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Quantum Entertainment, Ltd. v. United States Dep't of the Interior

February 19, 2009

QUANTUM ENTERTAINMENT, LTD., PLAINTIFF,
v.
UNITED STATES DEPARTMENT OF THE INTERIOR, BUREAU OF INDIAN AFFAIRS, DEFENDANT.



The opinion of the court was delivered by: Ricardo M. Urbina United States District Judge

Document Nos. 16, 17

MEMORANDUM OPINION

GRANTING IN PART AND DENYING IN PART THE PLAINTIFF'S MOTION FOR SUMMARY JUDGMENT;DENYING THE DEFENDANT'S MOTION FOR SUMMARY JUDGMENT

I. INTRODUCTION

The plaintiff, Quantum Entertainment Limited ("QEL")*fn1 , and the defendant, the U.S. Department of the Interior ("DOI") Bureau of Indian Affairs ("BIA"), filed cross-motions for summary judgment on the question of whether the DOI's Interior Board of Indian Appeals ("the Board") violated the Administrative Procedure Act ("APA"), 5 U.S.C. §§ 701, et seq., by promulgating a decision adverse to the plaintiff. Stemming from the administrative review of a contract to which the plaintiff was a party, the Board determined that, under the applicable statute, the contract required the BIA's approval in order to be valid. The Board further concluded, that because the plaintiff failed to obtain the BIA's approval, the contract was invalid. Because the court determines that the Board failed to articulate a reasoned basis for certain determinations central to its holding, the court grants in part the plaintiff's motion for summary judgment and remands the Board's decision that the plaintiff's contract was invalid. The court denies the parties' motions in all other respects. Accordingly, the court remands this case to the Board to explain its decision consistent with this opinion.

II. BACKGROUND

A. Factual History

On August 1, 1996, the plaintiff entered into a management agreement ("Agreement") with the Santo Domingo Pueblo ("Pueblo")*fn2 and Kewa Gas Limited ("Kewa").*fn3 AR at 0131. The Agreement was for an initial term of ten years, during which time the plaintiff managed a gas distribution business owned by Kewa on lands leased by Kewa from the Pueblo. Id. at 0046. The agreement was never submitted to or approved by the Secretary of the DOI. AR at 0833-34. The parties to the Agreement intended to benefit from a tax exemption available to Indian tribes. Id. at 0046, 0827. The parties to the Agreement performed under the Agreement until 2003 when the governor the Pueblo sought BIA review of the Agreement, beginning the administrative process culminating in this lawsuit. Id. at 0828, 0052.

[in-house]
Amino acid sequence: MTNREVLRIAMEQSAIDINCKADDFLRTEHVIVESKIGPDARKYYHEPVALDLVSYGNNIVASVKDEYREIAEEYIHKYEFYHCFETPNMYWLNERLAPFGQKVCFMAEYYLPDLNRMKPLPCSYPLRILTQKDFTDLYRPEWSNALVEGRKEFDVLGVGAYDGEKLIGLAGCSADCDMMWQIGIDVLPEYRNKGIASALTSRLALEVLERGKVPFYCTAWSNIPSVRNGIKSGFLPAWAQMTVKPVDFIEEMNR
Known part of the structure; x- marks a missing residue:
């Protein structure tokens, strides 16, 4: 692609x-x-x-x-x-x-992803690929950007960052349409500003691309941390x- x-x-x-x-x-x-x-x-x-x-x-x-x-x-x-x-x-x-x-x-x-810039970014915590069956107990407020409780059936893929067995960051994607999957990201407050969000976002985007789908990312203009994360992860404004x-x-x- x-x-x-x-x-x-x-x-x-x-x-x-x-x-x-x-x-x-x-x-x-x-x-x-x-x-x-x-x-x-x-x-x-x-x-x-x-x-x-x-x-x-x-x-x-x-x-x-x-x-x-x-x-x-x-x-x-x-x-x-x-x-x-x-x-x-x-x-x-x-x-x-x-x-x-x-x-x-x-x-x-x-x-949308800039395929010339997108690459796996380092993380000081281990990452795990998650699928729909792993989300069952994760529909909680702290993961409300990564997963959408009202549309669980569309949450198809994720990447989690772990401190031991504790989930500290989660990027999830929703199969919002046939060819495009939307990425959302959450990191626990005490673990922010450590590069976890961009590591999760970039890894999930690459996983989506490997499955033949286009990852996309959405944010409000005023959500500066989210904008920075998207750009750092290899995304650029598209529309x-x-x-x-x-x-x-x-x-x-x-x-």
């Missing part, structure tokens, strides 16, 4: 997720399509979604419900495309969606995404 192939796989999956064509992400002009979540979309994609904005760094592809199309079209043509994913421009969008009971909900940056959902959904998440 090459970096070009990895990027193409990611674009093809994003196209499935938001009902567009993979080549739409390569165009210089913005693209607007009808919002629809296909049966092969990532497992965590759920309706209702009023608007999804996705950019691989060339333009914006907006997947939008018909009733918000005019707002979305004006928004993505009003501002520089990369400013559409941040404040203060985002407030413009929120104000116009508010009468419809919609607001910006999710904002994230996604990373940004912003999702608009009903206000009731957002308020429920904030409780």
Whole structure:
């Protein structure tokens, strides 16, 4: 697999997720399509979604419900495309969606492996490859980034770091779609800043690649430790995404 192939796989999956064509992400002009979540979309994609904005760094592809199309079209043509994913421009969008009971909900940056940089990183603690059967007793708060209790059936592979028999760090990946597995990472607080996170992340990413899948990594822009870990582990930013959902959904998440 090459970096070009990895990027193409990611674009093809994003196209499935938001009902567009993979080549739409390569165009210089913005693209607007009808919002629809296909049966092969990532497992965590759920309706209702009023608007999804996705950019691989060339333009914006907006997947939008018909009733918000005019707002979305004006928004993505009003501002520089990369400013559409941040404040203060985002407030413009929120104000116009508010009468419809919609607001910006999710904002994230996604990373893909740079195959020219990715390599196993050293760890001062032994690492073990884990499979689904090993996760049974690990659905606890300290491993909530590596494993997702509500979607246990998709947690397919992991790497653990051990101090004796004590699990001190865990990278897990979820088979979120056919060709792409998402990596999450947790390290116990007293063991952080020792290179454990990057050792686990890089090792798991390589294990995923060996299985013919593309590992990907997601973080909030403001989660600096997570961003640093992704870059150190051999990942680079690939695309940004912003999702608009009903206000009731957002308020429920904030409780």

B. Legislative, Administrative and Procedural History

Congress first enacted in 1871, as part of an appropriations bill, and in 1872, as permanent legislation, what later was codified at 25 U.S.C. § 81 ("Old Section 81"). Id. at 0828 & n.2. From 1871 until 2000, with minor exceptions not relevant here, the text of Old Section 81 remained substantially unchanged as follows:

No agreement shall be made by any person with any tribe of Indians . . . for the payment or delivery of any money or other thing of value . . . in consideration of services for said Indians relative to their lands . . . unless such contract or agreement be executed and approved [by the Secretary of the DOI ("Secretary")] . . . . All contracts or agreements made in violation of this section shall be null and void, and all money or other thing of value paid to any person by any Indian, tribe, or any one else, for or on his or their behalf, on account of such services, in excess of the amount approved by the . . . Secretary for such services, may be recovered by suit in the name of the United States.

25 U.S.C. § 81 (1994).

Congress enacted Old Section 81 out of concern that "claims agents and attorneys working on contingency fees [were] routinely swindl[ing] Indians out of their land, accepting it as payment for prosecuting dubious claims against the federal government." United States v. Turn Key Gaming, Inc., 260 F.3d 971, 976-77 (8th Cir. 2001) (citing Cong. Globe, 41st Cong., 3d Sess. 1483, 1483-87 (daily ed. Feb. 22, 1871)); see also id. at 976 n.6, 977 n.7 . Congress's act of legislative protection, through the enactment of Old Section 81, stems from the federal government's trust responsibility to Indian tribes. See Mark A. Smith, Contracting with Tribes under 25 U.S.C. § 81, 20-APR PROB & PROP. 8, 10 (2006) (describing briefly the genesis and development of the federal government's moral obligation and fiduciary duty to Indian tribes).

In 2000, however, Congress amended Old Section 81 as part of the Indian Tribal Economic Development and Contracts Encouragement Act of 2000. 25 U.S.C. §§ 71, 81, 476. This "amendment" was intended to replace Old Section 81, as the changes to the text where quite substantial. See S. REP. NO. 106-150, at 1, 1999 WL 965424 (1999). The relevant text of 25 U.S.C. § 81 ("New Section 81"), as amended, states that "[n]o agreement or contract with an Indian tribe that encumbers Indian lands for a period of 7 or more years shall be valid ...


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